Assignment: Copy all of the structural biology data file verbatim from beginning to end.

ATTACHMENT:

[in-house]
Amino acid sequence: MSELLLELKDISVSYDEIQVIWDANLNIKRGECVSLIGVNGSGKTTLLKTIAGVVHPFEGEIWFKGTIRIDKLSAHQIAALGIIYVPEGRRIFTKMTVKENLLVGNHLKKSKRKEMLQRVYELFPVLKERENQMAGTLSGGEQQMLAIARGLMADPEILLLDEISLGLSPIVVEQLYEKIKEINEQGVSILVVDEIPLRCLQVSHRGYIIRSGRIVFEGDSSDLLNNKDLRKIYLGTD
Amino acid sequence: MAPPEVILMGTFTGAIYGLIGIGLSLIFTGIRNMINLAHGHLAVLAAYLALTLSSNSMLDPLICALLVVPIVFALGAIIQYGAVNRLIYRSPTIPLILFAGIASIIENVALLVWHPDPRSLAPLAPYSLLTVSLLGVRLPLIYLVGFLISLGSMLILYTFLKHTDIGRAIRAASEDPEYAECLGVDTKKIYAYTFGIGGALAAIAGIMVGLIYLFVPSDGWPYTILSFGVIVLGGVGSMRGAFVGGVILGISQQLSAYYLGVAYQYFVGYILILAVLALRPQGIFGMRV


[in-house]
Amino acid sequence: MSELLLELKDISVSYDEIQVIWDANLNIKRGECVSLIGVNGSGKTTLLKTIAGVVHPFEGEIWFKGTIRIDKLSAHQIAALGIIYVPEGRRIFTKMTVKENLLVGNHLKKSKRKEMLQRVYELFPVLKERENQMAGTLSGGEQQMLAIARGLMADPEILLLDEISLGLSPIVVEQLYEKIKEINEQGVSILVVDEIPLRCLQVSHRGYIIRSGRIVFEGDSSDLLNNKDLRKIYLGTD
Amino acid sequence: MAPPEVILMGTFTGAIYGLIGIGLSLIFTGIRNMINLAHGHLAVLAAYLALTLSSNSMLDPLICALLVVPIVFALGAIIQYGAVNRLIYRSPTIPLILFAGIASIIENVALLVWHPDPRSLAPLAPYSLLTVSLLGVRLPLIYLVGFLISLGSMLILYTFLKHTDIGRAIRAASEDPEYAECLGVDTKKIYAYTFGIGGALAAIAGIMVGLIYLFVPSDGWPYTILSFGVIVLGGVGSMRGAFVGGVILGISQQLSAYYLGVAYQYFVGYILILAVLALRPQGIFGMRV